M S Krishna Prateek’s review published on Letterboxd:
"No no, just the part about the contradictions." "You are that."
Well, Taxi Driver used to be my favourite Scorsese until Raging Bull took over 2 days ago probably due to the recency bias or its utter perfection, but even after 45 years, Taxi Driver shows no signs of running out of fuel at all while driving home the point of what a nightmare it will be when the only place where your true-self or reflection is visible happens to be in the mirror!
Taxi Driver was among the earliest of ones when I started watching Hollywood films some 4 years ago and as far back as I can remember, it was my second Scorsese after The Wolf of Wall Street. It's not only a film that will age well for the ages but also a film where if you are like me who happily slept on it after liking it on the first watch for some wrong reasons, then on the subsequent rewatch, it might be a wakeup call at a better age for appreciating the film more and more from a technical as well as a thematic standpoint if you too can become a Travis Bickle suffering from insomnia while thinking about what all happened in the film or rather what came close to happening but didn't. For that matter, you may just trust me on how much this film rewards repeat viewings by making repeats seem like premieres and on "ONE OF THESE D̶A̶Y̶S̶" rewatches, your thoughts "GONNA GET- ORGANIZ-IZED"!
This was my second full-length rewatch although I watched it in bits and pieces for some scenes on the day when Micahel Chapman passed away recently, be it for the lit lighting schemes used in employing the New York City as a separate character in itself, or, for the scene where the camera looks away from Travis by cutting to the hallway when he is on a call with Betsy, or, for how the camera looks down on Travis at the end that too ironically just after a heroic kinda act, thanks to a signature Scorsese God's-eye view shot (TIL that it was actually Paul Schrader's idea while writing the screenplay) and how the former shot renders someone difficult to accept or look at the rejection faced by Travis. Also, on this rewatch, I made more sense of that gesture made at the end by Travis due to my now acquired knowledge of the Samurai code of honour from Japenese Cinema or from my recent watch of Le Samouraï that influenced Taxi Driver in both the former Samurai sense as well as how frames filled with empty spaces can fill all the space of our imagination and how a character can truly cause a greater explosion in silence than in The Dialogue or with the lack of gun than in the presence of a gun. Then, how dare people still call Travis as a loner despite the fact that he was always accompanied by Bernard Herrmann's heavenly sax/jazz melodic score that actually permeated a world of hell outside and inside of Travis!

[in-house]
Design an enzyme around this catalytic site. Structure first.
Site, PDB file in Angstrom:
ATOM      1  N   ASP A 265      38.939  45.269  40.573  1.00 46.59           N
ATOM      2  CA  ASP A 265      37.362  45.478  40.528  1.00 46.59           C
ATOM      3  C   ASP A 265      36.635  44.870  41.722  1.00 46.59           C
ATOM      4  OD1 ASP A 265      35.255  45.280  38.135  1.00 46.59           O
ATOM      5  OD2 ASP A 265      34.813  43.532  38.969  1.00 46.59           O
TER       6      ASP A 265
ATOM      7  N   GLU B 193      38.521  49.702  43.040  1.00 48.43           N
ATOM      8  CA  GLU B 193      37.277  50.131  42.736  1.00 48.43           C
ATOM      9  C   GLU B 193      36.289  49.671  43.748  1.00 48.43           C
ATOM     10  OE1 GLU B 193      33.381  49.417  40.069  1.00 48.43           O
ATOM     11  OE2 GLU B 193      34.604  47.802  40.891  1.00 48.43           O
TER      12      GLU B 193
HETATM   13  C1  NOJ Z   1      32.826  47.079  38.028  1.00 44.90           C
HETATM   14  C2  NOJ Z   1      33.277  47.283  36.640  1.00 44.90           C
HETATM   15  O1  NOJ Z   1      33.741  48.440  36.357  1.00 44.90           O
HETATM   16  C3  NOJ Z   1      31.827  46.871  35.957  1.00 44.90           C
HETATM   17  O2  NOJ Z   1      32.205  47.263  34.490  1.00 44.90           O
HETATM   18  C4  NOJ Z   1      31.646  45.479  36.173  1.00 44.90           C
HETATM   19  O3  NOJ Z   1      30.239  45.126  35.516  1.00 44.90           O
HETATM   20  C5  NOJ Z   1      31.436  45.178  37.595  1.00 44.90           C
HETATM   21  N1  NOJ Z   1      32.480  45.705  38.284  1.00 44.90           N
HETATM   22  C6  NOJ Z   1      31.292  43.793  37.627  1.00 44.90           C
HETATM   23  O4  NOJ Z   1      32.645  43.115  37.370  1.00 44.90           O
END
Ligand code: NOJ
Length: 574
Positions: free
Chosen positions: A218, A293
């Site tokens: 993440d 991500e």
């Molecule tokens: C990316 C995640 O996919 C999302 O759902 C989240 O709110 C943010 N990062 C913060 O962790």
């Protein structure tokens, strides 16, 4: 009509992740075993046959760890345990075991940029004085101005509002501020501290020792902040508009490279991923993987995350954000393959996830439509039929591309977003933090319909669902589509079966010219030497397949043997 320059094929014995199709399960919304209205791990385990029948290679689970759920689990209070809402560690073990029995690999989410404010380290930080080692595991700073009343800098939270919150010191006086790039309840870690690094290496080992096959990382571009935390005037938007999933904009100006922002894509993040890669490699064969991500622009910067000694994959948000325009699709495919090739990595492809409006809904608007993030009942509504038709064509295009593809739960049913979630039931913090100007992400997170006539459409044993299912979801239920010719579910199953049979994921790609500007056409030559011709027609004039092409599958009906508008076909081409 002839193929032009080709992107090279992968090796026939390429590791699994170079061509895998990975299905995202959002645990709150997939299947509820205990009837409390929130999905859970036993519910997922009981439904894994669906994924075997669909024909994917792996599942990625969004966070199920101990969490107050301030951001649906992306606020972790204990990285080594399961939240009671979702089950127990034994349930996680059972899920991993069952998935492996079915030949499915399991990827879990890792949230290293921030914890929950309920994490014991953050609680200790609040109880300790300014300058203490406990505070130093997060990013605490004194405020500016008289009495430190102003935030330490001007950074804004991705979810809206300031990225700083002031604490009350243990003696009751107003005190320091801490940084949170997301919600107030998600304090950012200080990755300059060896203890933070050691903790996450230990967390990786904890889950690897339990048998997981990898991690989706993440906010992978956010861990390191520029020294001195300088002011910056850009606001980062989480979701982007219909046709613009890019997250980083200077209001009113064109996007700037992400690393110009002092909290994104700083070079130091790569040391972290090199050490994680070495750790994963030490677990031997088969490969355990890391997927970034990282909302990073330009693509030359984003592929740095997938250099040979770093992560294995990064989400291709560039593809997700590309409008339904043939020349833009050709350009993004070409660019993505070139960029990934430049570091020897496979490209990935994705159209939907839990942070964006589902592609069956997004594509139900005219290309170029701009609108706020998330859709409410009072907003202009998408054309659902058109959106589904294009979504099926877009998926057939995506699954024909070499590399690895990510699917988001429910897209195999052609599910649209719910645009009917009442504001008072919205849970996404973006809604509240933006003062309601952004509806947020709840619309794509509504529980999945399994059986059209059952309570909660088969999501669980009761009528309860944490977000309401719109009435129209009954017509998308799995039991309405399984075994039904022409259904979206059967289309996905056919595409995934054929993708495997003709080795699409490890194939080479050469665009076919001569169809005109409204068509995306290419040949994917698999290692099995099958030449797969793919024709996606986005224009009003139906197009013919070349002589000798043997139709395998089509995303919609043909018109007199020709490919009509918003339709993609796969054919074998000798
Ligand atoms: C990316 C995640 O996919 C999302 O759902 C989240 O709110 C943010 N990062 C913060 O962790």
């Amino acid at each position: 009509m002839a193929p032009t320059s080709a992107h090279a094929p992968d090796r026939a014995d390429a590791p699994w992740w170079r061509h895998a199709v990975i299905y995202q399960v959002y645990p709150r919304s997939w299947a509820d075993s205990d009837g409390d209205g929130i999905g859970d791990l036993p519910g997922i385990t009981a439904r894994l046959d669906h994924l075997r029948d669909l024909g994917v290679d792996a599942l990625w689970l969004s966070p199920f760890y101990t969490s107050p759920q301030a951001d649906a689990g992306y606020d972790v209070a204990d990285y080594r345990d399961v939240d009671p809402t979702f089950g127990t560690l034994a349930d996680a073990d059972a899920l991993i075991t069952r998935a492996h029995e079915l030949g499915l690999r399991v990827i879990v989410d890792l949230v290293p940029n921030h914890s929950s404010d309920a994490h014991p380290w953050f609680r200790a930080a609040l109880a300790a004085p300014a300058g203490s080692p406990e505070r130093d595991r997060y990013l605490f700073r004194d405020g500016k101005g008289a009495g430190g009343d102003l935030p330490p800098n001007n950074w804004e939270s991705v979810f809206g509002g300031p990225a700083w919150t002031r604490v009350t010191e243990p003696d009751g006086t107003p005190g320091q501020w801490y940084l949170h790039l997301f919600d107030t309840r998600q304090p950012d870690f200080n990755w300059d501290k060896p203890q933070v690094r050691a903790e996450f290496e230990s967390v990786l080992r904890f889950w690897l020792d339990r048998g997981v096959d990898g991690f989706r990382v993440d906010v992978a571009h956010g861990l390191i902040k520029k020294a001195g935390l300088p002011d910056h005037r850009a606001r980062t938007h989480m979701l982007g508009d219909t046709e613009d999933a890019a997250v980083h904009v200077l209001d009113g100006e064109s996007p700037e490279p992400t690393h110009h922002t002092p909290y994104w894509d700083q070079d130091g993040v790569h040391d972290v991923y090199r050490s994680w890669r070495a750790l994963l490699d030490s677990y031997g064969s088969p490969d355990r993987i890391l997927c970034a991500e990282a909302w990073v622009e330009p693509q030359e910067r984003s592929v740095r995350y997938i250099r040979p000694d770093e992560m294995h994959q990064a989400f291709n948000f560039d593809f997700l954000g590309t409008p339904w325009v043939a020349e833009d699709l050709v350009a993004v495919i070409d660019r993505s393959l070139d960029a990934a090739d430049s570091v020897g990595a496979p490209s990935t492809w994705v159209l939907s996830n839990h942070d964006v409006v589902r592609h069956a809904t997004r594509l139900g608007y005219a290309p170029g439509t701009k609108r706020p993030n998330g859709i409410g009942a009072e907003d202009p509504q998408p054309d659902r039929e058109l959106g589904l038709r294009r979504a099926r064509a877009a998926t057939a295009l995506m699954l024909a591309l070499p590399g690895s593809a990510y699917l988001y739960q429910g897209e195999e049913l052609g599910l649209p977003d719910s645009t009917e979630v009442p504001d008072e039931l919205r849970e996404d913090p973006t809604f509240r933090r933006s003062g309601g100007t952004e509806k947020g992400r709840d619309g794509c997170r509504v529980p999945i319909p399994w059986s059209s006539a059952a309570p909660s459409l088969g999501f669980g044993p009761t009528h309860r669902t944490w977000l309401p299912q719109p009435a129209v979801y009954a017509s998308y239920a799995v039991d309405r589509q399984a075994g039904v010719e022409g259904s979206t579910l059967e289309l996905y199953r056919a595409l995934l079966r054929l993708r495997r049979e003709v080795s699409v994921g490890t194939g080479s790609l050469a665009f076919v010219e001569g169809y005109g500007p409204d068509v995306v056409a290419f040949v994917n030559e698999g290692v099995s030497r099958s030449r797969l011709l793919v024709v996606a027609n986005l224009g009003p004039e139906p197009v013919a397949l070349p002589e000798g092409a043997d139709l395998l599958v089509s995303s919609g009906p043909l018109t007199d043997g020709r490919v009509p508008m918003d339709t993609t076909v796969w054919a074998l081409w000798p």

On a throwback note, I watched Taxi Driver for the first time during a time when I was not that used to writing my thoughts on a film at length and so all I could come up with, in a probably funny but fitting manner while sharing the experience with a friend of mine who already watched the film, was the below:
Iris (Ah, how deliberate even this character-name looks for the way her case potentially transformed Travis as a person in the eyes of the people): Did you ever try looking at your own eyeballs in the mirror?
*Travis looks at them in the rearview mirror*